What changed (or changed more)? The authors can’t say for sure. Natural climate change is one possibility; wave action did become more violent during the so-called Little Ice Age, which took place from the 14th to 19th centuries. The cliffs have also become more vulnerable over the last few centuries, as ocean currents and human engineers picked away at the band of sediment protecting the coast from the ocean’s full force.

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Amsterdam is Turning Plastic Trash Into 3D-Printed Furniture
PrintYourCity
PrintYourCity

The city of Amsterdam in the Netherlands is taking a unique approach to waste management, Inhabitat reports. Under the direction of The New Raw, a Rotterdam-based design studio, recycled plastic is being used to make public benches that capture a lot of the area’s charm while providing solutions for the 51 pounds of plastic refuse each Amsterdam resident tosses away each year.

The initiative is called Print Your City! and encourages those materials to be repurposed via 3D printing to make new, permanent fixtures. The New Raw calls it a “closed loop” of use, where the plastic is used, reused, and materialized in the same environment. The bench, dubbed XXX, seats two and rocks back and forth with the sitters' movements, offering a metaphor for the teamwork The New Raw is attempting to cultivate with the general public.

A plastic chair is surrounded by trash
Print Your City!

“Plastic has a major design failure,” says Panos Sakkas, an architect with The New Raw. “It’s designed to last forever, but it’s used only for a few seconds and then easily thrown away.”

The goal is to collect more plastic material in the city to use for projects that can be designed and implemented by citizens. In the future, 3D printing may also support bus shelters, waste bins, and playground material—all of it recyclable.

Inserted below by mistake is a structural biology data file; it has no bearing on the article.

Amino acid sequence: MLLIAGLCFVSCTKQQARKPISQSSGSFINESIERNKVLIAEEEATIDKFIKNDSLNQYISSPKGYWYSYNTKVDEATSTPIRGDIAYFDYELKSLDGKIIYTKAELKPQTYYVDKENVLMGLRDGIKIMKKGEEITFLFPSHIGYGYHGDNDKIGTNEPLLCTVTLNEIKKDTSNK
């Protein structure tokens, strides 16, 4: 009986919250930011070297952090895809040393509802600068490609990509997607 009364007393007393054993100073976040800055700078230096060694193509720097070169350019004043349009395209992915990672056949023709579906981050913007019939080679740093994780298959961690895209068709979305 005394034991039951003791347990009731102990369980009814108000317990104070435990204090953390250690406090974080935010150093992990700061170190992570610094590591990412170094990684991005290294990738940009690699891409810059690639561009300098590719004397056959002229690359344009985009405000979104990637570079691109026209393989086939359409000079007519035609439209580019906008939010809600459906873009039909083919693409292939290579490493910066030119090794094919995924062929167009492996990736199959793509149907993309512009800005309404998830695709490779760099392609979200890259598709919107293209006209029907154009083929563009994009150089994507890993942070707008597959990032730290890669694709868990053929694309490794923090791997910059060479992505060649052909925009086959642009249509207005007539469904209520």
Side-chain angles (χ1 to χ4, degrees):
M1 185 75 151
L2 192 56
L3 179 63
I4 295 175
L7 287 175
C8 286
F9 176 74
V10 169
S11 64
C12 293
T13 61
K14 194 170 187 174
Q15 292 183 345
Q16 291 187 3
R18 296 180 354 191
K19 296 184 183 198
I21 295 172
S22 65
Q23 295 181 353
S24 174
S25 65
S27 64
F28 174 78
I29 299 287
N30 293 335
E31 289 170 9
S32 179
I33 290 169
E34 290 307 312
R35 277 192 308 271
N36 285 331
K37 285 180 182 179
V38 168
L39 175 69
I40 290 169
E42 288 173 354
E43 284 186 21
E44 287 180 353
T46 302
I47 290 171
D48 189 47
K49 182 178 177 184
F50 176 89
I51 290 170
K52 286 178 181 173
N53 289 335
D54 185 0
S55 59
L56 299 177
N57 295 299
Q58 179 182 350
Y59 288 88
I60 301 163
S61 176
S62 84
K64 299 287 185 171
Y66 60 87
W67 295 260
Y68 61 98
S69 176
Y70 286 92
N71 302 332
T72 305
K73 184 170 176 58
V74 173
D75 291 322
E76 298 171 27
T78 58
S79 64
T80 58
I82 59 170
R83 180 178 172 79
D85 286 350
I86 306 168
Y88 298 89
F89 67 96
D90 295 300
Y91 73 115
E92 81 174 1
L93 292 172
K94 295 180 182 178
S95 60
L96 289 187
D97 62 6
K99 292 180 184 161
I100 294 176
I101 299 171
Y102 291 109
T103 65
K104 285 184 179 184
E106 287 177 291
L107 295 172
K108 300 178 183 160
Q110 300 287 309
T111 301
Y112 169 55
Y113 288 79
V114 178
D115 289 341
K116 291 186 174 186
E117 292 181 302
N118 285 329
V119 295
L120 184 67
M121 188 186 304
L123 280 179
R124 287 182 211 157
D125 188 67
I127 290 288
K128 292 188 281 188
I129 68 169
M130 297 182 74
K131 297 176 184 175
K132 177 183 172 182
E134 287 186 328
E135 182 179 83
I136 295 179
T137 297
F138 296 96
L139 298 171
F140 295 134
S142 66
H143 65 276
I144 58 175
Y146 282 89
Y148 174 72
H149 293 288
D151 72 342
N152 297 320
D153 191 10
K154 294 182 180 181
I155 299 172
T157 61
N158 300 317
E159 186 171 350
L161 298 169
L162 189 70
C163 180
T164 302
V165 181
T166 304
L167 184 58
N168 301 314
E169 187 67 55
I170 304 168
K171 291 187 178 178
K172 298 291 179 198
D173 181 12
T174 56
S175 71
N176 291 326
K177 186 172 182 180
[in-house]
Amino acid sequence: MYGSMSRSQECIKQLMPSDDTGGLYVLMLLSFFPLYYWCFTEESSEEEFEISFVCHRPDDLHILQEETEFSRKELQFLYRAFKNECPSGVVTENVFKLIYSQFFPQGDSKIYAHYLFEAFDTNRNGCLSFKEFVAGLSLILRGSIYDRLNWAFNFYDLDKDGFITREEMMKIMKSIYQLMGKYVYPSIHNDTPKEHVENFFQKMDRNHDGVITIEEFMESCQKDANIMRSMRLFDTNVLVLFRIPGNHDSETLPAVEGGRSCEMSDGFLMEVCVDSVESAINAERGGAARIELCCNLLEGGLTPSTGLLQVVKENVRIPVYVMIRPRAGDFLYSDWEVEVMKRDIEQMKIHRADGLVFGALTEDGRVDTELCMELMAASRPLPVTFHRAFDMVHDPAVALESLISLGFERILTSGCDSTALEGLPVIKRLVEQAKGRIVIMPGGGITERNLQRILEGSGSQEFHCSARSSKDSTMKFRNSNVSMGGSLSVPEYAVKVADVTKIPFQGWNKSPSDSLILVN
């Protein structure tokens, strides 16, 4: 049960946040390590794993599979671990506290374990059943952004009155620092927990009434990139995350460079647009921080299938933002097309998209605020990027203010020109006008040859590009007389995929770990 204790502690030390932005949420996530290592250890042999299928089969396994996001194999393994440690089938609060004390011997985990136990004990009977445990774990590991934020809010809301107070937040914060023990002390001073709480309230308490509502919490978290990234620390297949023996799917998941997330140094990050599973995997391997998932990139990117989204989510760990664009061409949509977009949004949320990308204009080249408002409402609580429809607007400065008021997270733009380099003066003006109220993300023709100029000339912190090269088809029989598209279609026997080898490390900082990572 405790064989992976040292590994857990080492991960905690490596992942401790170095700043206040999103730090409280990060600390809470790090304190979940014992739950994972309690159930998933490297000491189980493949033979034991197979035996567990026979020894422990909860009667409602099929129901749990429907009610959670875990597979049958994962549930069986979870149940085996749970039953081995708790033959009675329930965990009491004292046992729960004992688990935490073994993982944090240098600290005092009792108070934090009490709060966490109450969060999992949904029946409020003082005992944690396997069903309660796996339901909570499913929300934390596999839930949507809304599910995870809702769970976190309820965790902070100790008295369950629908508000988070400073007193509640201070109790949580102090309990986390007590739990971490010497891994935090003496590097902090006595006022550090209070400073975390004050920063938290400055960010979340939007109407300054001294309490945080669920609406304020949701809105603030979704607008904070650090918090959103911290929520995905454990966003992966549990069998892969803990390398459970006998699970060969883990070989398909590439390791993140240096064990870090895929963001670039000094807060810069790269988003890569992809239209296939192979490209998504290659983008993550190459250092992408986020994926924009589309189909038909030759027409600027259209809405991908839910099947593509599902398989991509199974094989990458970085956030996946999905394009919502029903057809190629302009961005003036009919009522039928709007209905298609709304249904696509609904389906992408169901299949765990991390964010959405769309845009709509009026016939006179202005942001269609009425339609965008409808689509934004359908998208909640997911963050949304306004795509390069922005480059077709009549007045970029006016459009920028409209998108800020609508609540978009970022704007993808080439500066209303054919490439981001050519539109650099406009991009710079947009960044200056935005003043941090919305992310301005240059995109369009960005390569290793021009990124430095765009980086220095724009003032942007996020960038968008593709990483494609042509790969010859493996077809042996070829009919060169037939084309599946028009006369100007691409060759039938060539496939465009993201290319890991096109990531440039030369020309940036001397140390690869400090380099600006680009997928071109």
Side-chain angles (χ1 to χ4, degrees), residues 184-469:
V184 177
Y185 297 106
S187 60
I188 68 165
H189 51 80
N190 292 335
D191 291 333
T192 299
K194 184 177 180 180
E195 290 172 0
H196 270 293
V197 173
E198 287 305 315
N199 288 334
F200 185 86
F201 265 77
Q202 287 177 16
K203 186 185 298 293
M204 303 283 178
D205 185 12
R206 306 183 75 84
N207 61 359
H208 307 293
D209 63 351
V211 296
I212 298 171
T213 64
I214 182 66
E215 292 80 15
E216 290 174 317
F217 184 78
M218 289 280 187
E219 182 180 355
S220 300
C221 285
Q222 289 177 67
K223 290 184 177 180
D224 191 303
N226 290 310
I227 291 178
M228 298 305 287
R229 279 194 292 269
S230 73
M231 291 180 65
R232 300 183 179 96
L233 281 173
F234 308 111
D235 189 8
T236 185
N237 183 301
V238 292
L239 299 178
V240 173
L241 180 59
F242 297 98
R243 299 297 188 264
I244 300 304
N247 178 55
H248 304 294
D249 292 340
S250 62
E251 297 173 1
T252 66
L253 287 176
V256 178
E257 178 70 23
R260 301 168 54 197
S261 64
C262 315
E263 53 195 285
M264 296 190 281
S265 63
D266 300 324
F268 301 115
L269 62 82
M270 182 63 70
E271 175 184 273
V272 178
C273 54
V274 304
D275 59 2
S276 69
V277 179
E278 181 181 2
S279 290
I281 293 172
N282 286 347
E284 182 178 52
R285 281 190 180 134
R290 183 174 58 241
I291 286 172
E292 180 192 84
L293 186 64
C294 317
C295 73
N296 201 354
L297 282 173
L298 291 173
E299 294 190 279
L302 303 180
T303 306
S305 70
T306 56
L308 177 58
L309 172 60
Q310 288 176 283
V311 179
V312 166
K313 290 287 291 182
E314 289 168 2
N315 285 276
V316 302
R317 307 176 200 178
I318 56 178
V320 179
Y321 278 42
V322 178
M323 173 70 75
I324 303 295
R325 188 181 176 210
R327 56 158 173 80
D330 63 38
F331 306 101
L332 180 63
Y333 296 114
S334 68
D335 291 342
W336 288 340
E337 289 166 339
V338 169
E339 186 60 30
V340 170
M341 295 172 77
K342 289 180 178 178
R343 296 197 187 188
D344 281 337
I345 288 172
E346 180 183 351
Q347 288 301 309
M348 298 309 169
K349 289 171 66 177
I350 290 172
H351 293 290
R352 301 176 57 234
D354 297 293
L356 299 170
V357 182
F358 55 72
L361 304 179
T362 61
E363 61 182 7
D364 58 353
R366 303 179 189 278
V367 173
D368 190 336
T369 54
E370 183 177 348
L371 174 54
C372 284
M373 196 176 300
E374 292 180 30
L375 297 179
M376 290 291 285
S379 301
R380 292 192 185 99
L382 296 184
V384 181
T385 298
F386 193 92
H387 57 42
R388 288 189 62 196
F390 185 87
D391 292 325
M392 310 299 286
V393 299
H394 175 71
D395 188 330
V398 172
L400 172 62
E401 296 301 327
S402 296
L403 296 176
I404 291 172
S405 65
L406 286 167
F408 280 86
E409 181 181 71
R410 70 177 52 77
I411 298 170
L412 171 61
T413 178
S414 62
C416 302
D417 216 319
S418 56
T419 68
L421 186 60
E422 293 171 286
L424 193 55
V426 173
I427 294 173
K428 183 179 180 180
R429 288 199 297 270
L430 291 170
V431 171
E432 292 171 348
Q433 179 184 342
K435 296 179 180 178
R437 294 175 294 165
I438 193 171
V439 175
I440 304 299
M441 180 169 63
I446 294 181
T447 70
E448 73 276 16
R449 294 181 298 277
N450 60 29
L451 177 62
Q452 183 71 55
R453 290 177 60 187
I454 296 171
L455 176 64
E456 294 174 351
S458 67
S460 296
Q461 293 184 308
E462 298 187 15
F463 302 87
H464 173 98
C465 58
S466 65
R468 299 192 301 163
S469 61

[h/t Inhabitat]

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To Encourage Responsible Trash Disposal, a Startup in Nigeria Pays People for their Waste
iStock
iStock

Nigeria is home to more than 180 million people, who produce more than 32 million tons of waste per year and just 20 to 30 percent of this garbage is collected, according to one estimate. To provide Nigerians with incentive to dispose of their trash responsibly, Junks, a Nigerian waste management startup, provides people with the chance to exchange their trash for cash, according to Konbini.

The company offers to pay for items and materials like discarded electronics, glass, plastic, aluminum, books, and clothes. Once purchased, these materials are re-sold to wholesalers and recycling companies, according to Techpoint. Potential users who want to sell their trash are required to register on the startup's website, Junks.ng, and fill out a form with a description of the trash they're selling, along with their asking price and contact information. Once this information is received, representatives from Junks are sent to pick up and pay for the waste.

Computer programmer Bradley Yarrow founded Junks.ng in August 2017. Based in Port Harcourt, the capital of Rivers State, Nigeria, the company currently has just three employees, in addition to Yarrow. That said, the tiny startup appears to be doing big business, judging from a growing list of sold junk—which includes laminating machines, old laptops, and scrap car parts—already listed on Junks.ng.

[h/t Konbini]